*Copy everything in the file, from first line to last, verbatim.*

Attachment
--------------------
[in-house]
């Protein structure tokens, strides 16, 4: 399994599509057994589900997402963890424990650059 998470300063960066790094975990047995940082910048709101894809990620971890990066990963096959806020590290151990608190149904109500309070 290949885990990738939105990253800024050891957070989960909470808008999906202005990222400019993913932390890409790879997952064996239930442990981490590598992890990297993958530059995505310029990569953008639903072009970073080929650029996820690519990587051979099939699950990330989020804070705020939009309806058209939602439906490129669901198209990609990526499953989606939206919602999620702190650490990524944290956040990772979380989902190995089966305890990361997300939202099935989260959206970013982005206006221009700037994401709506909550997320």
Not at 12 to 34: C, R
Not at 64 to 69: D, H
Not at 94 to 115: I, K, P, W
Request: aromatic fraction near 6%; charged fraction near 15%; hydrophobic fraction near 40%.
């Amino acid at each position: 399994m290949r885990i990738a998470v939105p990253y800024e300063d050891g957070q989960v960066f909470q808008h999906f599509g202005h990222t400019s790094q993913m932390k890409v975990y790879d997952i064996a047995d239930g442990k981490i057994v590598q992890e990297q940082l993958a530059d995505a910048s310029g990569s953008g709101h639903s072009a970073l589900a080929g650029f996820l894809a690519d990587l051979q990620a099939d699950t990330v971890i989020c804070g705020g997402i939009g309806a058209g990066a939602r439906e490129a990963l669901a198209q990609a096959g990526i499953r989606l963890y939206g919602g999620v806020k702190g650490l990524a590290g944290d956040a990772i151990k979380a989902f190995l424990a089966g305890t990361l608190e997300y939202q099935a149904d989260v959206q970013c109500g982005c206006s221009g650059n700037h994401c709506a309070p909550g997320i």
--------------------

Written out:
[in-house]
């Protein structure tokens, strides 16, 4: 399994599509057994589900997402963890424990650059 998470300063960066790094975990047995940082910048709101894809990620971890990066990963096959806020590290151990608190149904109500309070 290949885990990738939105990253800024050891957070989960909470808008999906202005990222400019993913932390890409790879997952064996239930442990981490590598992890990297993958530059995505310029990569953008639903072009970073080929650029996820690519990587051979099939699950990330989020804070705020939009309806058209939602439906490129669901198209990609990526499953989606939206919602999620702190650490990524944290956040990772979380989902190995089966305890990361997300939202099935989260959206970013982005206006221009700037994401709506909550997320």
Not at 12 to 34: C, R
Not at 64 to 69: D, H
Not at 94 to 115: I, K, P, W
Request: aromatic fraction near 6%; charged fraction near 15%; hydrophobic fraction near 40%.
């Amino acid at each position: 399994m290949r885990i990738a998470v939105p990253y800024e300063d050891g957070q989960v960066f909470q808008h999906f599509g202005h990222t400019s790094q993913m932390k890409v975990y790879d997952i064996a047995d239930g442990k981490i057994v590598q992890e990297q940082l993958a530059d995505a910048s310029g990569s953008g709101h639903s072009a970073l589900a080929g650029f996820l894809a690519d990587l051979q990620a099939d699950t990330v971890i989020c804070g705020g997402i939009g309806a058209g990066a939602r439906e490129a990963l669901a198209q990609a096959g990526i499953r989606l963890y939206g919602g999620v806020k702190g650490l990524a590290g944290d956040a990772i151990k979380a989902f190995l424990a089966g305890t990361l608190e997300y939202q099935a149904d989260v959206q970013c109500g982005c206006s221009g650059n700037h994401c709506a309070p909550g997320i």